Budapest: Modern, delicious and charming

Dr. Akos Niklai has developed, influenced and shaped the Hungarian tourism industry for decades. He is the past President of the Board of Directors of the Hungarian National Tourist Office and the Past Chair of the Board of the Budapest Business School.

Niklai has been associated with Marriott and Intercontinental Hotels and the Restaurant Gundel and the former Executive Director of Hotels and Catering Division for Ansett Australia Airlines Group, the Managing Director of the Hayman Island Resort, Great Barrier Reef, Australia and the assistant General Manager/Director for Ansett Australia Airlines.

Currently he is a Visiting Professor at Hungarian universities, hotel management schools and a keynote speaker at EU tourism related forums. In addition, he is the Founding Co-Chair of the Sectoral Social Dialogue Committee in Hungary, Vice President of HOTREC (Hotels, Restaurants and Cafes in Europe) and Chair of HOTREC’S Quality Board. He is also the Vice President of Business Hungary (MGYOSZ) and the Managing Director of Karpatia Hospitality Company in Budapest. Niklai holds prominent positions on the boards of EU-based organizations that focus on travel and is a Consultant in the hotel, tourism and airlines industry.

Historical Dining

When Niklai is not teaching students about the hotel, travel and tourism industry or consulting with his international clients, he owns and operates one of the very best restaurants in Budapest. Every visitor to this elegant city should arrange for a dining experience at the Karpatia Restaurant located in downtown Budapest on Ferenciek Square (on the Pest – side; very close to the Central Market and Elizabeth Bridge). This restaurant is one of the city’s oldest and grandest dining spots and advance reservations have been required ever since it opened in 1877. Stop by for lunch and dinner for gourmet dining as well as an introduction to a romantic Hungarian period.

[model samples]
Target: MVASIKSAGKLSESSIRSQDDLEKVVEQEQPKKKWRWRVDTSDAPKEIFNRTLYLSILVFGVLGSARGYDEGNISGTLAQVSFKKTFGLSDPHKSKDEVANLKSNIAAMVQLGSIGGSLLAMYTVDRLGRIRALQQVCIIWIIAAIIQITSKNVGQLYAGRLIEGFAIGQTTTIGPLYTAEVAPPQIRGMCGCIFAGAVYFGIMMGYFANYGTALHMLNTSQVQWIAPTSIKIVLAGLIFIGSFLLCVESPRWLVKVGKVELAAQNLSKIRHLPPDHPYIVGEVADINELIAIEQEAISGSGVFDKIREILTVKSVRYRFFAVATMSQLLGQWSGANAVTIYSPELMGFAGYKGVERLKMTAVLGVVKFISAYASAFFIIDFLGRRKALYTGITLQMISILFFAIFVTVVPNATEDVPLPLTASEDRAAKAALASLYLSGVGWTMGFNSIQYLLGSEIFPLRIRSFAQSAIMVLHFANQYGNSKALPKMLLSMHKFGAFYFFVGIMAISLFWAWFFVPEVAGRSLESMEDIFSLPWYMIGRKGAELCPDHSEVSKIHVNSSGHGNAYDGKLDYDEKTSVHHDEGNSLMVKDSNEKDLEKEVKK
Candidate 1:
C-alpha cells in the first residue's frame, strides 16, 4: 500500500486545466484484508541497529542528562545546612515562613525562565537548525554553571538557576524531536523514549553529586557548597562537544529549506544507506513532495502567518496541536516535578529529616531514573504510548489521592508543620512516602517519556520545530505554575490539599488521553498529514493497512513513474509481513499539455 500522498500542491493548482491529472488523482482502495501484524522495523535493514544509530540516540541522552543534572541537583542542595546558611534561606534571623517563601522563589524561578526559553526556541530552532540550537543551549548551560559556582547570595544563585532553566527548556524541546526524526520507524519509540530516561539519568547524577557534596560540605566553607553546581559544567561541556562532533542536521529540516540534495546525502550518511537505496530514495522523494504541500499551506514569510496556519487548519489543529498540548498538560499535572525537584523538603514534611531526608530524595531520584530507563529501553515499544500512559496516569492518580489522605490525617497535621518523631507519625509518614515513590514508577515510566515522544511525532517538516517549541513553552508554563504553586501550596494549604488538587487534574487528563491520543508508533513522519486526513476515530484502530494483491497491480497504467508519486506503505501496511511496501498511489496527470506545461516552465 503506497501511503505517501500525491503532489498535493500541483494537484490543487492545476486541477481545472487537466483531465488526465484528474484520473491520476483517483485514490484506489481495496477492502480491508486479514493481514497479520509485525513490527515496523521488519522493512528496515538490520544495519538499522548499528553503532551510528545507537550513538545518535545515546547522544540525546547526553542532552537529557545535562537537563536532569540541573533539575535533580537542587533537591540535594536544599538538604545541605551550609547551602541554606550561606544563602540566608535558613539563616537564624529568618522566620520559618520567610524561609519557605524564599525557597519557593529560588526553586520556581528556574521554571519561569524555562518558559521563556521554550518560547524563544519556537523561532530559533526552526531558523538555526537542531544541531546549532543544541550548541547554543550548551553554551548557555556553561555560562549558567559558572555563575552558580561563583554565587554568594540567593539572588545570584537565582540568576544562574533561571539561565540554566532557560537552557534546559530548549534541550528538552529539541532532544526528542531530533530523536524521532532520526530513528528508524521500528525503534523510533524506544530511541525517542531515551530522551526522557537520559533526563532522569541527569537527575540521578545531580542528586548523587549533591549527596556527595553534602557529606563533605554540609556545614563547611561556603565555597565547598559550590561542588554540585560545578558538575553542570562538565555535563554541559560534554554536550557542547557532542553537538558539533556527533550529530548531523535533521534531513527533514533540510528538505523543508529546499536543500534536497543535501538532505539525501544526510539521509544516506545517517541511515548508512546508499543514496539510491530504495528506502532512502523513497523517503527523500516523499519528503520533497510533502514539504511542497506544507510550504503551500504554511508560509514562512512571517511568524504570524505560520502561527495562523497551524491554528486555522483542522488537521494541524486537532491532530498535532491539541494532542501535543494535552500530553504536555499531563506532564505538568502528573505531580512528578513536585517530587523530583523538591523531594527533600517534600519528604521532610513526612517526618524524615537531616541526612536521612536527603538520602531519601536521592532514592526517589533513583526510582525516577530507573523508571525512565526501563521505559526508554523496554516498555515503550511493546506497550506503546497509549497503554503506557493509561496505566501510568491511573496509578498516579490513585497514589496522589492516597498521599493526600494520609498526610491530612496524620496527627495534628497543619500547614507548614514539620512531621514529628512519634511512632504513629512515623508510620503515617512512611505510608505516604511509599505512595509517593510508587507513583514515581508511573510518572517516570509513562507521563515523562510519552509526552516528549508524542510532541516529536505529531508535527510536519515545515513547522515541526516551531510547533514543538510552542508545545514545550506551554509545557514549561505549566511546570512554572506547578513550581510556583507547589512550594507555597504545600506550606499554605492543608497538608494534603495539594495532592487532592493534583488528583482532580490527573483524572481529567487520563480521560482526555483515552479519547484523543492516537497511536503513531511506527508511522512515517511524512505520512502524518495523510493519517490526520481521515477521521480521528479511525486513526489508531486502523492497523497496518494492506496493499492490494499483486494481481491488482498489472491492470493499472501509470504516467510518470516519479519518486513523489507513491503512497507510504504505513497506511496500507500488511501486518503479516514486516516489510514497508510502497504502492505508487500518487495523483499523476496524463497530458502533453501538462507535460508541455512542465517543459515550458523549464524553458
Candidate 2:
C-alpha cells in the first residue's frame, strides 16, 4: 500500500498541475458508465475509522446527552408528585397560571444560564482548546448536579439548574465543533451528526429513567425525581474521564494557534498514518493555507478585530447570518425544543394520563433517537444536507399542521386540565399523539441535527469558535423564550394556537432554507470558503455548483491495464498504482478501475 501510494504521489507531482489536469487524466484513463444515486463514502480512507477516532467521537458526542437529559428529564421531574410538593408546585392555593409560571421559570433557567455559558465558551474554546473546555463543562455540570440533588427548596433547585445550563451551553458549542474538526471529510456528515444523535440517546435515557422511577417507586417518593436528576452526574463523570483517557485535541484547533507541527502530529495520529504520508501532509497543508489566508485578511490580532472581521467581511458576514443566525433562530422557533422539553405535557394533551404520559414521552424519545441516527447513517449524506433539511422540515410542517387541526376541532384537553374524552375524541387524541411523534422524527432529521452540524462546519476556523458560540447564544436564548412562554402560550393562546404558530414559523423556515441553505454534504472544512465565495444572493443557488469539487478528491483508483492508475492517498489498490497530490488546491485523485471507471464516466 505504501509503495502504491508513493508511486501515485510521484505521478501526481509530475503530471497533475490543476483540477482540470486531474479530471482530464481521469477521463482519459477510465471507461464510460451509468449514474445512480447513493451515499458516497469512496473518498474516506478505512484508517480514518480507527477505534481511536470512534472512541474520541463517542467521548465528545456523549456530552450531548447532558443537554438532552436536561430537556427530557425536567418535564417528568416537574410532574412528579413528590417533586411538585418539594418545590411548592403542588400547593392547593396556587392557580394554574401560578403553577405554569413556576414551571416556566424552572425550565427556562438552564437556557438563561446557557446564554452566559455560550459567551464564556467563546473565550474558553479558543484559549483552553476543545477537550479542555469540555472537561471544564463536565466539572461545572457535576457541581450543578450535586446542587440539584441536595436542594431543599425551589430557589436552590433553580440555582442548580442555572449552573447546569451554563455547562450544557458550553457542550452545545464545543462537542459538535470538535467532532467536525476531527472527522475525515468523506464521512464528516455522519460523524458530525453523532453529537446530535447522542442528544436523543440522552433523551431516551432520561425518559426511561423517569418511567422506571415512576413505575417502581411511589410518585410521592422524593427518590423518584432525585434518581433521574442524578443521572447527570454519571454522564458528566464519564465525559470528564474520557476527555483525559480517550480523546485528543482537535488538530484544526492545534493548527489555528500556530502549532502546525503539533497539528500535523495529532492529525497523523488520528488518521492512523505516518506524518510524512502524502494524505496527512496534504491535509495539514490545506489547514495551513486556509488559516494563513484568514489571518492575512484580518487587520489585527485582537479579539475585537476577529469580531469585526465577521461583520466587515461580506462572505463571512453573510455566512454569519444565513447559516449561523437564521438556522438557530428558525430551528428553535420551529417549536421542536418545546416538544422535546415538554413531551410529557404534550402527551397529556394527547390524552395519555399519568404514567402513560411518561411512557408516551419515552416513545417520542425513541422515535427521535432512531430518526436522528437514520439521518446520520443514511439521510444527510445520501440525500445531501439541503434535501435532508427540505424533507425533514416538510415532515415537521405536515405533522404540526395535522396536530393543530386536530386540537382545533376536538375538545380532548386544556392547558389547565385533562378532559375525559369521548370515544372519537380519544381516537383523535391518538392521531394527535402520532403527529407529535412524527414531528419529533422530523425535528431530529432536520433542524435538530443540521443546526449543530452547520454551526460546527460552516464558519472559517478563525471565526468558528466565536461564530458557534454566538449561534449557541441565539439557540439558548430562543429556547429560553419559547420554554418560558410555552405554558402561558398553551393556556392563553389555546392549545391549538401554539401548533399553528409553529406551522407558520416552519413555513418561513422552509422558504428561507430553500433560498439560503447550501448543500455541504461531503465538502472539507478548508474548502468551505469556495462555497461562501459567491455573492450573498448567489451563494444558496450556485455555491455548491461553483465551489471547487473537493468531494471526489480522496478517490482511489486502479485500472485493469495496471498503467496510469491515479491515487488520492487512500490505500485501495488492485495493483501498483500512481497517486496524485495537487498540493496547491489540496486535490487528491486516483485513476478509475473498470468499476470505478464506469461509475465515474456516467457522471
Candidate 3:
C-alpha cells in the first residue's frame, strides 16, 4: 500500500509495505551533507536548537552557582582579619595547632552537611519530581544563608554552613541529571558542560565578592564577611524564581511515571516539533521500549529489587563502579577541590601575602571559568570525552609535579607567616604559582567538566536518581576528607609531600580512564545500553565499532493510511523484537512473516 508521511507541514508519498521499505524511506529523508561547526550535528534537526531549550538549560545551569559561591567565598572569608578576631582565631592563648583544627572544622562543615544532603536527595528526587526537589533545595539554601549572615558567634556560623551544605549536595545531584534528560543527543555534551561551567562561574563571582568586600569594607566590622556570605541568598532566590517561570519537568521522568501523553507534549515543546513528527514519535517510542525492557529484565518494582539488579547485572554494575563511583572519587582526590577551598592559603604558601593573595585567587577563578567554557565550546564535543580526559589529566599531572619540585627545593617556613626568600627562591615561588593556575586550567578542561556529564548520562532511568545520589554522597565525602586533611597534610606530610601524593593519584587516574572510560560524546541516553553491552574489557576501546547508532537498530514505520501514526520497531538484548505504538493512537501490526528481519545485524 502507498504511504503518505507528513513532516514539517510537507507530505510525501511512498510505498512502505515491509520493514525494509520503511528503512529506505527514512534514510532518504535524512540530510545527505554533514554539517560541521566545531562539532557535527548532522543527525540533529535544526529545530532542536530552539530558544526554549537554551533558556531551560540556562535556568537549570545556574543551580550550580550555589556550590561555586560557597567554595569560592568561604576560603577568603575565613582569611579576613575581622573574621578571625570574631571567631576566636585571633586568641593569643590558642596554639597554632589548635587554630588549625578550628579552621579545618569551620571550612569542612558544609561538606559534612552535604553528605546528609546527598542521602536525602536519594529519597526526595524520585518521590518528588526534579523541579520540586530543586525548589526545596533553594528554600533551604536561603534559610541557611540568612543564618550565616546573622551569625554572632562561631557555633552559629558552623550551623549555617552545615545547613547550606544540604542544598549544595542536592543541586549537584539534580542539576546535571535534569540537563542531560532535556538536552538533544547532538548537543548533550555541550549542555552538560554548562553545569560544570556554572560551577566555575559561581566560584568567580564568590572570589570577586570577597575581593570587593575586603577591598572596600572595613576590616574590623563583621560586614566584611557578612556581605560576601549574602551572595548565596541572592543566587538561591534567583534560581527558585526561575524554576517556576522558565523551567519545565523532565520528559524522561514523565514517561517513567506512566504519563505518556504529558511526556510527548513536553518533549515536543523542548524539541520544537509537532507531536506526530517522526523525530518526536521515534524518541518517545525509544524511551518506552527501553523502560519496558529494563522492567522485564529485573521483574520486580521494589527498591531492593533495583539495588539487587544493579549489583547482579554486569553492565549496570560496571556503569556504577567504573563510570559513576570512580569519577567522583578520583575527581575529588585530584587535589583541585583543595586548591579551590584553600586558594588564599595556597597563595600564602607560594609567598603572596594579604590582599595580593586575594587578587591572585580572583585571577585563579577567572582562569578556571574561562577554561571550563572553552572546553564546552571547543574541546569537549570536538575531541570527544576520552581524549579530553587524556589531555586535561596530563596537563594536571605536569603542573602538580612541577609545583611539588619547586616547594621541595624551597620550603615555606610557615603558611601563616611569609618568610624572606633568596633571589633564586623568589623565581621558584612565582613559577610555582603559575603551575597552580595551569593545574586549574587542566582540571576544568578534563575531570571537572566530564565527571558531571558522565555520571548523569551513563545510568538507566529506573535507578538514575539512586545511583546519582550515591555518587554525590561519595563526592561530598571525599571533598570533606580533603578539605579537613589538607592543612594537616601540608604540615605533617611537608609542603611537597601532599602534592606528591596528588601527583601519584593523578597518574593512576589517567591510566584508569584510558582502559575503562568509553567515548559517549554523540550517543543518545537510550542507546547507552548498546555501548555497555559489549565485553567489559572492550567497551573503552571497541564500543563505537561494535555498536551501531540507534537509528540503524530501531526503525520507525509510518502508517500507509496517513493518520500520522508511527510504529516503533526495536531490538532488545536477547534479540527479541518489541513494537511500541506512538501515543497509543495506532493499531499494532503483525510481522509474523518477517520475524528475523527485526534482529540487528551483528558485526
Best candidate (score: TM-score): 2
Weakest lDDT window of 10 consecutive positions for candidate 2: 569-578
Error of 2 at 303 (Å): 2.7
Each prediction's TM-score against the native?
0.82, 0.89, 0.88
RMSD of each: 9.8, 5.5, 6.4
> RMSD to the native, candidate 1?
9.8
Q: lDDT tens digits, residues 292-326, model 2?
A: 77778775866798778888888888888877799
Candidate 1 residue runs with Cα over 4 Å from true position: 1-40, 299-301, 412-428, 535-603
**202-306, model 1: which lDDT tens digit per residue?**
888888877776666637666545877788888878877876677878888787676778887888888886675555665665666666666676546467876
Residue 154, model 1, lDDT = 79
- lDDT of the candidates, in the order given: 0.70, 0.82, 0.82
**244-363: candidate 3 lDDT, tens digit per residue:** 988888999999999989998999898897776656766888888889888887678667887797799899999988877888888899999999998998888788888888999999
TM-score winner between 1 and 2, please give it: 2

Make sure to look at the hand-painted and gilded walls and original 1920s artwork. Reserve a table near the Gypsy music for a memorable evening. Dining recommendations include Hungarian goose foie gras, potato cream soup with curry and apple chips, Hortobagy – meat filled pancakes with a paprika sauce or a saddle of lamb, coated with parmesan cheese and sesame seeds and covered with honey carrots and parsley potatoes.

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Hungarian Options

This is a world class destination that is just being “discovered” by Americans; most tourists are from Germany, Austria, Romania, Italy and the Czech Republic (2012). For a small country, it is one of the oldest in Europe.

Located in the middle of the Central European continent, Budapest is one of the world’s most outstanding cities and is frequently identified as the “Pearl of the Danube.” Budapest was originally three separate locales, Buda, Pest and Obuda. In 1873 they were combined to form a single capital spanning both sides of the Danube River. Buda is hilly and the best location to visit Gothic buildings and cobbled street which hark back to the Middle Ages. Pest is considered the commercial center and shopping streets are complete with high-fashion retail opportunities, sophisticated and stylish cafes and restaurants, museums, parks and hotels. There are seven roads and two rail bridges that cross the Danube and connect the districts.

For exploring the outdoors, Hungary offers the Balaton, Central Europe’s largest fresh water lake and the therapeutic mineral springs are frequented by Russian visitors. Historians find this destination of great interest as 2000-year-old Roman ruins can be found near 400-year old Turkish monuments.

Retail therapy is available on Vaci Street where shopping is an art form. As a pedestrian street with outdoor cafes, high-fashion shops can be explored and Hungarian trend setters can be watched while simultaneously sipping a glass of Hungarian Tokaji wine or an expresso. For visitors with a preference for antiques the places to start are Falk Miksa Street and the Ecseri Flea Market.

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